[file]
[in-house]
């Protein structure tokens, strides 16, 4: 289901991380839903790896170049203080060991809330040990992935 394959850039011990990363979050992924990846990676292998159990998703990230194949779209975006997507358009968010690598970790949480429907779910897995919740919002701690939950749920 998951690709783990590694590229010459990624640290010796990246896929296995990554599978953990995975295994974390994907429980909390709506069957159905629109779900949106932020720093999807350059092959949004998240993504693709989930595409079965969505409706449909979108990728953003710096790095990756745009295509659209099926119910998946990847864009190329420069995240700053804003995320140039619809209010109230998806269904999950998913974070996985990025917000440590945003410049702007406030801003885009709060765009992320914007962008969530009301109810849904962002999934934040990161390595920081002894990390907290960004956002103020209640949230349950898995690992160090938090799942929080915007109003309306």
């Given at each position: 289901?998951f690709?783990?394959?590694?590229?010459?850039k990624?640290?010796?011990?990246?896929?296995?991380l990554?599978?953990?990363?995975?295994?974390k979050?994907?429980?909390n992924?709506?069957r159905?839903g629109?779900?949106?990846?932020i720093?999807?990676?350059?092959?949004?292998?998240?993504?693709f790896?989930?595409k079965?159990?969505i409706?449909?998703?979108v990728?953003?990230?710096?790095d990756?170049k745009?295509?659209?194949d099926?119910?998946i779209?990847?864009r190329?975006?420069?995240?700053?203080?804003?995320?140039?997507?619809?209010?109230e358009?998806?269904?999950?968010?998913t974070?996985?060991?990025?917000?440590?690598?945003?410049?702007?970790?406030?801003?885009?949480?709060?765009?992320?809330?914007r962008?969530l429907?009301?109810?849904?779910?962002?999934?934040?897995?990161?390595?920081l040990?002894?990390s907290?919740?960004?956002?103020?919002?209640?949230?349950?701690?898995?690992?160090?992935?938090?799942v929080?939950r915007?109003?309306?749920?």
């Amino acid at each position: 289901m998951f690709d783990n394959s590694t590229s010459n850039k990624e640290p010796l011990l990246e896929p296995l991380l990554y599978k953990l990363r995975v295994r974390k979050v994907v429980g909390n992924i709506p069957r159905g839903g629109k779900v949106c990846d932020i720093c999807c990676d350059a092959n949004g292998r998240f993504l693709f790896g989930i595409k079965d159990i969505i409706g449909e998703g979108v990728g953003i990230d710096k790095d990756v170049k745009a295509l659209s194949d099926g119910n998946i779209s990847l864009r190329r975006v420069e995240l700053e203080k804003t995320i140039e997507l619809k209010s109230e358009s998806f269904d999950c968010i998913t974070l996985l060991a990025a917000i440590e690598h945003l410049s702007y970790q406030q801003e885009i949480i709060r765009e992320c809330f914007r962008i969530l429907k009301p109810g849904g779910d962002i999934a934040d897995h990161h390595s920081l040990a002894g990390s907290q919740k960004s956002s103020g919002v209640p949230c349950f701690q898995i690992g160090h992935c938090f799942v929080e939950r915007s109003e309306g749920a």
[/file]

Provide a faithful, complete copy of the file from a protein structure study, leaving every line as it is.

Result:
[in-house]
């Protein structure tokens, strides 16, 4: 289901991380839903790896170049203080060991809330040990992935 394959850039011990990363979050992924990846990676292998159990998703990230194949779209975006997507358009968010690598970790949480429907779910897995919740919002701690939950749920 998951690709783990590694590229010459990624640290010796990246896929296995990554599978953990995975295994974390994907429980909390709506069957159905629109779900949106932020720093999807350059092959949004998240993504693709989930595409079965969505409706449909979108990728953003710096790095990756745009295509659209099926119910998946990847864009190329420069995240700053804003995320140039619809209010109230998806269904999950998913974070996985990025917000440590945003410049702007406030801003885009709060765009992320914007962008969530009301109810849904962002999934934040990161390595920081002894990390907290960004956002103020209640949230349950898995690992160090938090799942929080915007109003309306």
């Given at each position: 289901?998951f690709?783990?394959?590694?590229?010459?850039k990624?640290?010796?011990?990246?896929?296995?991380l990554?599978?953990?990363?995975?295994?974390k979050?994907?429980?909390n992924?709506?069957r159905?839903g629109?779900?949106?990846?932020i720093?999807?990676?350059?092959?949004?292998?998240?993504?693709f790896?989930?595409k079965?159990?969505i409706?449909?998703?979108v990728?953003?990230?710096?790095d990756?170049k745009?295509?659209?194949d099926?119910?998946i779209?990847?864009r190329?975006?420069?995240?700053?203080?804003?995320?140039?997507?619809?209010?109230e358009?998806?269904?999950?968010?998913t974070?996985?060991?990025?917000?440590?690598?945003?410049?702007?970790?406030?801003?885009?949480?709060?765009?992320?809330?914007r962008?969530l429907?009301?109810?849904?779910?962002?999934?934040?897995?990161?390595?920081l040990?002894?990390s907290?919740?960004?956002?103020?919002?209640?949230?349950?701690?898995?690992?160090?992935?938090?799942v929080?939950r915007?109003?309306?749920?």
């Amino acid at each position: 289901m998951f690709d783990n394959s590694t590229s010459n850039k990624e640290p010796l011990l990246e896929p296995l991380l990554y599978k953990l990363r995975v295994r974390k979050v994907v429980g909390n992924i709506p069957r159905g839903g629109k779900v949106c990846d932020i720093c999807c990676d350059a092959n949004g292998r998240f993504l693709f790896g989930i595409k079965d159990i969505i409706g449909e998703g979108v990728g953003i990230d710096k790095d990756v170049k745009a295509l659209s194949d099926g119910n998946i779209s990847l864009r190329r975006v420069e995240l700053e203080k804003t995320i140039e997507l619809k209010s109230e358009s998806f269904d999950c968010i998913t974070l996985l060991a990025a917000i440590e690598h945003l410049s702007y970790q406030q801003e885009i949480i709060r765009e992320c809330f914007r962008i969530l429907k009301p109810g849904g779910d962002i999934a934040d897995h990161h390595s920081l040990a002894g990390s907290q919740k960004s956002s103020g919002v209640p949230c349950f701690q898995i690992g160090h992935c938090f799942v929080e939950r915007s109003e309306g749920a």